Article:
Update: Both Ryan Elkins and The Woodlands Pride issued statements and apologies to the Room Bar & Lounge this afternoon following this piece.
Let me start by saying that this is not going to be a gossipy piece about some silly Facebook argument. If that’s what you’re looking for, it’s best to go and trot back along to Facebook. What this is is an opinion piece about the behavior of an individual high in the rankings of Texas’s newest Pride celebration that made remarks about something I hold near and dear to my heart, how it has the potential to negatively affect the LGBTQIA community, and why that’s not okay.
This past weekend, the Woodlands hosted its inaugural Pride celebration to mixed emotions when the news initially came out (no pun intended) many months ago. Many were excited and proud, and many were also curious as to why the Woodlands (which is only an approximate 40 minutes outside of Downtown Houston) needed its own Pride. I, personally, thought that the idea was lovely and wanted to support the Woodlands Pride in whatever way we could. While the Woodlands is considered by most to be a part of the Greater Houston Area, the cultures of LGBTQ Houston and LGBTQ Woodlands are quite different in many ways, which is something important to remember. The bars in North Houston for LGBTQ people are limited and there is no “gayborhood” proper like Houston has in Montrose. To add to that, and in a more general sense, life outside the loop is far different than life inside it. But what I’d like to focus on the most is that second point I made about the bars.
In The Woodlands — which is an independent township in Montgomery County lying partly in Spring, TX and partly in Shenandoah, TX (basically South Conroe) — there is only one gay bar, Ranch Hill Saloon. Ranch Hill is owned by Debbie Steele, a prominent member of the North Houston LGBTQ community that dedicates her life and bar to serving its people. And in the rest of North Houston, there is only one other gay bar for people of our community to flock to, the Room Bar & Lounge. The Room is owned by another important person of notoriety, Lorraine Crowne, who opened one of Spring’s first gay bars in 1997, the Rainbow Room (a separate entity). Both Ranch Hill and the Room are excellent bars in separate ways, and also in those that intermingle. They both have excellent staffs, small and hometown feels, and serve a community of LGBTQ people that don’t have a lot of other places within their niche to relax and be themselves on their side of town. That being said, they’re also very different bars. Ranch Hill serves a more rural, country feel to it that one might expect at a place such as Neon Boots in Houston, while the Room has a more go-with-the-flow vibe and sort of acclimates to whatever audience walks through the door.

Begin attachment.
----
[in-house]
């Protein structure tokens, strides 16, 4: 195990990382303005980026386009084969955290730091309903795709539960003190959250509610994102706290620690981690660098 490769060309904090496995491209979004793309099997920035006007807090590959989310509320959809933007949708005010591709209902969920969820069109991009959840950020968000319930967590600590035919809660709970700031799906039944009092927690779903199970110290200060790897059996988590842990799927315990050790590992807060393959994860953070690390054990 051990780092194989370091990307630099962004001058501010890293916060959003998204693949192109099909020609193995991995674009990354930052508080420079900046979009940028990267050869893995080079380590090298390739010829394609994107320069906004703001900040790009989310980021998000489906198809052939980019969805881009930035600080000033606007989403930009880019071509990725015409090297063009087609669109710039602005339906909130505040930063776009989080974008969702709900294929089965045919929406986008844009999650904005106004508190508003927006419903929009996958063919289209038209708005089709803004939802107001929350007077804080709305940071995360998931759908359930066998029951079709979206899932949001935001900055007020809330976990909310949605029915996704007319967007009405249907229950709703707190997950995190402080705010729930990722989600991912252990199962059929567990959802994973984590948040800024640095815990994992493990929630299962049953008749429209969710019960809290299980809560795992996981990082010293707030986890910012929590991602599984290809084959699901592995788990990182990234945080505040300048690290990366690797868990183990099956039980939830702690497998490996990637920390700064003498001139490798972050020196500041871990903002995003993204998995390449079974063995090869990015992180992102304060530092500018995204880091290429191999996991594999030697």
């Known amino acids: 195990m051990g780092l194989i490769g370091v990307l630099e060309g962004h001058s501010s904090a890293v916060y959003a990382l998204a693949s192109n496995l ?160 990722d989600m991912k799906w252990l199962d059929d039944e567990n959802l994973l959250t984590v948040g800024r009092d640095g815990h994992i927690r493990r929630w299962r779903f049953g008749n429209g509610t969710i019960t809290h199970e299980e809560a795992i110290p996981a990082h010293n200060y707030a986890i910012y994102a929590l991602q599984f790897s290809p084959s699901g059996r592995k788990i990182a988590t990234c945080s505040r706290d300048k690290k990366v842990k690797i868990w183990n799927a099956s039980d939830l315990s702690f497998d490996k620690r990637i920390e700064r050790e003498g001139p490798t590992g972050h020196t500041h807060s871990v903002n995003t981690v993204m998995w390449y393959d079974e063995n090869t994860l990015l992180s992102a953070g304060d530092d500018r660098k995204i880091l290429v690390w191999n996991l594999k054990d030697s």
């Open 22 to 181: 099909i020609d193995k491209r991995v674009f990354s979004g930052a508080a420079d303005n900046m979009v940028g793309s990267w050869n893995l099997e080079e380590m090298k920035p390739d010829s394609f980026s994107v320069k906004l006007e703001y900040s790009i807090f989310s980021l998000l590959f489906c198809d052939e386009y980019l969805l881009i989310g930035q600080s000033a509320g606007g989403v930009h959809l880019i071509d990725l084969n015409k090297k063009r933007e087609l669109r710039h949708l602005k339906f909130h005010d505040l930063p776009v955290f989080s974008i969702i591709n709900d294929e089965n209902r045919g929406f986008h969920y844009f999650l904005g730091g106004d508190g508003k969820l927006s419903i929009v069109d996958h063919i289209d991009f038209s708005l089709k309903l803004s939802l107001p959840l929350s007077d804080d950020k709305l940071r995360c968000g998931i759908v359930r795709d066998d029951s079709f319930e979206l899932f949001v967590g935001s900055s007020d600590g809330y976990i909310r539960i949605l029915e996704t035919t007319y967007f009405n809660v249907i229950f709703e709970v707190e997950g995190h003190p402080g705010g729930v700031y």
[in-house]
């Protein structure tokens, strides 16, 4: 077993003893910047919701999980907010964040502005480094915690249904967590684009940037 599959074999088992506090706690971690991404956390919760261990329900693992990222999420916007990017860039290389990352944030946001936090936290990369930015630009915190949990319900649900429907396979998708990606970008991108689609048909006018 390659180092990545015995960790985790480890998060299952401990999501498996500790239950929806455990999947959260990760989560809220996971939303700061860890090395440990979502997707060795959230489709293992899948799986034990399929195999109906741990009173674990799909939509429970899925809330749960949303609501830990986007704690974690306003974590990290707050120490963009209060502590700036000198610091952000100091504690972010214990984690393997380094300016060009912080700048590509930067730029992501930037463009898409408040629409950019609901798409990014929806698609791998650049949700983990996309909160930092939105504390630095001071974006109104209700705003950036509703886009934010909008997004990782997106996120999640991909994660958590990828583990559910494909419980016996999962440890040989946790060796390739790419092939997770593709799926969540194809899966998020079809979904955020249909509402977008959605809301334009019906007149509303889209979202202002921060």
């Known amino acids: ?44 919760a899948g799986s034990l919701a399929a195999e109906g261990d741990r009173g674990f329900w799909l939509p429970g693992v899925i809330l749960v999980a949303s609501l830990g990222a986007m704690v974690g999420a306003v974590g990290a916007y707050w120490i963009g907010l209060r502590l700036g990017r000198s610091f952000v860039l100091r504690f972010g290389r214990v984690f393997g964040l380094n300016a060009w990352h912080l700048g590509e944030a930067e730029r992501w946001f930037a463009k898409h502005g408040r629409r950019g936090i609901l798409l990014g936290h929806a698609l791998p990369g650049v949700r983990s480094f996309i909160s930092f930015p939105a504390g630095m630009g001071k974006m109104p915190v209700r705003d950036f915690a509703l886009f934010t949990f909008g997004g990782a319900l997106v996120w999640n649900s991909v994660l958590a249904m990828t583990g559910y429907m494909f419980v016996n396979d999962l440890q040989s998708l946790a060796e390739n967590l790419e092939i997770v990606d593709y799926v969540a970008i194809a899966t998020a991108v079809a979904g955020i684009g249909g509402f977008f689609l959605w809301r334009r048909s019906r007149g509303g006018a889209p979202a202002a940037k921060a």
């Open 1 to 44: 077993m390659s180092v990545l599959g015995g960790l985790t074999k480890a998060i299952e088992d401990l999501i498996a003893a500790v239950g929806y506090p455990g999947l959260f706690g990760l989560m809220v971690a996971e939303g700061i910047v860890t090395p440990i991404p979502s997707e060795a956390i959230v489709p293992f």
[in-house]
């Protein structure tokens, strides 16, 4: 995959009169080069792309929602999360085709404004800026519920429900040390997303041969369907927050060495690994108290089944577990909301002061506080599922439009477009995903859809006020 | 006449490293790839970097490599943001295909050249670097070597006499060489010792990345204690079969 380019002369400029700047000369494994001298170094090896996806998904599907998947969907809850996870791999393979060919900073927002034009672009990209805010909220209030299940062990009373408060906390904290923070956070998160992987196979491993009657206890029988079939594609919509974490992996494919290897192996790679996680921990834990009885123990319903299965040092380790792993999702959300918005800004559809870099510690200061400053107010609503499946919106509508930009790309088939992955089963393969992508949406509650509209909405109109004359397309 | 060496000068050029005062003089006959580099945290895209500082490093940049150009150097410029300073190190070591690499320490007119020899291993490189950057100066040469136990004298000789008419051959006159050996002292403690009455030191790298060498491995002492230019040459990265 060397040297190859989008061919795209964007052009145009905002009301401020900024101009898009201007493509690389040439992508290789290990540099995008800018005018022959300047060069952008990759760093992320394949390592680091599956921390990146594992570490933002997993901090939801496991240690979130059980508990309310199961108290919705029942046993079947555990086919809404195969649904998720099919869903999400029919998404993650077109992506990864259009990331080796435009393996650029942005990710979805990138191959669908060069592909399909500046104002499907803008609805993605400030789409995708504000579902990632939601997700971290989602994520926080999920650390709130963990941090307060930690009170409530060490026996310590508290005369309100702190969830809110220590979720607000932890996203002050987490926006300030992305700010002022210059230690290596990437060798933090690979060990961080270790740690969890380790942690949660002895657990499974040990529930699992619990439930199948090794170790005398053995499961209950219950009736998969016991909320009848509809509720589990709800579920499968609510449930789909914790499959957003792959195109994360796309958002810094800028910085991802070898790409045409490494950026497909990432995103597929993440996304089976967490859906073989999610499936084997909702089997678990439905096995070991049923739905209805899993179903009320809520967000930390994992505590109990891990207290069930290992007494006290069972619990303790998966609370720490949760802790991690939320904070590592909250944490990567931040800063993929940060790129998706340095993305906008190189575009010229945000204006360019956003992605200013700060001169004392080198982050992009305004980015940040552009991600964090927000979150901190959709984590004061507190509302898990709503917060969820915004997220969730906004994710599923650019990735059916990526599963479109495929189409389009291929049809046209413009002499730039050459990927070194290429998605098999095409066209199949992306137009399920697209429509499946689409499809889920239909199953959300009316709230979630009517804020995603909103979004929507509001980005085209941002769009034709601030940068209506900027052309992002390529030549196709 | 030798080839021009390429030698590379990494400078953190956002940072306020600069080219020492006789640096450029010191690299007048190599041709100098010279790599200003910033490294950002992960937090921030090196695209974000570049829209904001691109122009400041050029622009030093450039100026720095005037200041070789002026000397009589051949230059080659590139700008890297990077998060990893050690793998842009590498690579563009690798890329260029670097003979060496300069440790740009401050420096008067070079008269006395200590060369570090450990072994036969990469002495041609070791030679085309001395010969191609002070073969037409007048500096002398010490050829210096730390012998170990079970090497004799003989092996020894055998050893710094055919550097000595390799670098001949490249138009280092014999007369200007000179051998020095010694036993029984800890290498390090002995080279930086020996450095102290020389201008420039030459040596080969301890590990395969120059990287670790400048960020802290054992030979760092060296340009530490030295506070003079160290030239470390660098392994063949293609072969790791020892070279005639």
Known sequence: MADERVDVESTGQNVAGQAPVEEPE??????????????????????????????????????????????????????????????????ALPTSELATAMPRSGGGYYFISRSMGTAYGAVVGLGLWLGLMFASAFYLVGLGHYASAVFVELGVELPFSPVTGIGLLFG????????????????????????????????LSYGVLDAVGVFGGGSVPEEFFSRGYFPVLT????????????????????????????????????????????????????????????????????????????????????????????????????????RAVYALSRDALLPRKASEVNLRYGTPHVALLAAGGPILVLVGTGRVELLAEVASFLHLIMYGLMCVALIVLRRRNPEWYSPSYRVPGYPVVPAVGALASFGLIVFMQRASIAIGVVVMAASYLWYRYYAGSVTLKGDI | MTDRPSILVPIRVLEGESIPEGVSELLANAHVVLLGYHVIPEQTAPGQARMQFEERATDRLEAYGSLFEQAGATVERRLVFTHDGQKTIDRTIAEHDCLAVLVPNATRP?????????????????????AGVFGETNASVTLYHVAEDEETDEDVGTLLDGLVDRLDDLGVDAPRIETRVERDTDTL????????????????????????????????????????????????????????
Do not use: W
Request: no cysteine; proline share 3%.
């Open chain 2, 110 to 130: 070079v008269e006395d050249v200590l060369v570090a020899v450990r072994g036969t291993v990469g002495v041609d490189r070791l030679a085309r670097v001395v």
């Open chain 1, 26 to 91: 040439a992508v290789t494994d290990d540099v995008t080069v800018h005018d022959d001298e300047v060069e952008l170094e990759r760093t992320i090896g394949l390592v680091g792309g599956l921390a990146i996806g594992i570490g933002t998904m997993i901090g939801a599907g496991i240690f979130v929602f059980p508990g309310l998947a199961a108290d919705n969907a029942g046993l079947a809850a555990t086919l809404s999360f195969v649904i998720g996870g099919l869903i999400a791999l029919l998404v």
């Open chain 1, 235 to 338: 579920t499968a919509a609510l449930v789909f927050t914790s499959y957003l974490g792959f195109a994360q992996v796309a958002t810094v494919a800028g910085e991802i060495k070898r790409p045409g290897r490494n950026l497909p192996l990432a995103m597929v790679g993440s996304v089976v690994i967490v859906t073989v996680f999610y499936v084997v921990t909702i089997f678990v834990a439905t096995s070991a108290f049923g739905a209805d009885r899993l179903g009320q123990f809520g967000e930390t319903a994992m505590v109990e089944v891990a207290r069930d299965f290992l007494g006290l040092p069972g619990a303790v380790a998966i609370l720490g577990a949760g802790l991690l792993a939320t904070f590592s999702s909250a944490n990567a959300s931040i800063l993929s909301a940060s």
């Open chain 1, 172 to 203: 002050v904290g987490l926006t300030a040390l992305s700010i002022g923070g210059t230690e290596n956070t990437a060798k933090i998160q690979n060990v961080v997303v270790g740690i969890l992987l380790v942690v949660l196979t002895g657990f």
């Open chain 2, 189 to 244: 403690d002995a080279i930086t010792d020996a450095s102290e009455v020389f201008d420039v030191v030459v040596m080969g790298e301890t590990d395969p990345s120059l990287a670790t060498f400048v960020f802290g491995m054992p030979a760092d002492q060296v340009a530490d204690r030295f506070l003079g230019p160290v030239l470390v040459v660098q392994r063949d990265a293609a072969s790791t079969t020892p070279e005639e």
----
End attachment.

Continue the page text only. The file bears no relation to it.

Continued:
But their aesthetic differences and similarities aren’t really the point here. The point, if I may, is that both are bars that serve an underserved community of people in a predominantly conservative area of Houston.Both, however, prove to get very busy on the weekends; and since they are so small, they often see a variety of patrons that cross over from the other’s side of the tracks. They’re both hosts of several events that support the community with fundraisers, drag shows, karaoke nights, and more. Neither is perfect, but both are pretty fantastic. And that ain’t easy, folks; and it certainly does not come without hardship.
That’s why it struck me as odd when I was directed to the Room Bar’s Facebook page this weekend and saw a negative review (which has since been deleted) about the Room Bar from board director of the Woodlands Pride, Ryan Elkins. The review read as follows:
This rubs me the wrong way for two reasons: one of which is a bit personal, and the other regards our social actions toward one another in the LGBTQIA community. I’ll start with the latter. I’ve also included some personal photos here to show just how much time I have spent at the Room Bar and why I love it (you’ll have to pardon some of them, as I’ve lost about 50lbs since they were taken).
Historically, gay bars were the only places in the world that LGBTQ people could go and be themselves. When Sodomy laws and the criminalization of homosexuality was prevalent, these bars were the only places to go and be around people like you. Moreover, they were some of the only places queer people could go to meet partners and friends that shared adversities, trials, tribulations, successes, and joys. In 2018, it may not seem as though queer bars hold quite as much significance, but the fact of the matter is that they still do. Being LGBTQIA is still illegal in many places around the world — some of which are even known for punishing these people by death. Gay bars are churches, homes, safe havens to people on the LGBTQIA spectrum. There are still many in the world who feel forced to remain in closets or fear coming out that seek out these places in order to let out a sigh of relief. It’s a bit like that cigarette you sneak at work when things get particularly overwhelming or that dance you do when you get out of the shower naked because no one can see you and you just need to feel a reprieve from real life. Granted, it is both of these things and much more on a greater scale. It is, however, a similar sensation.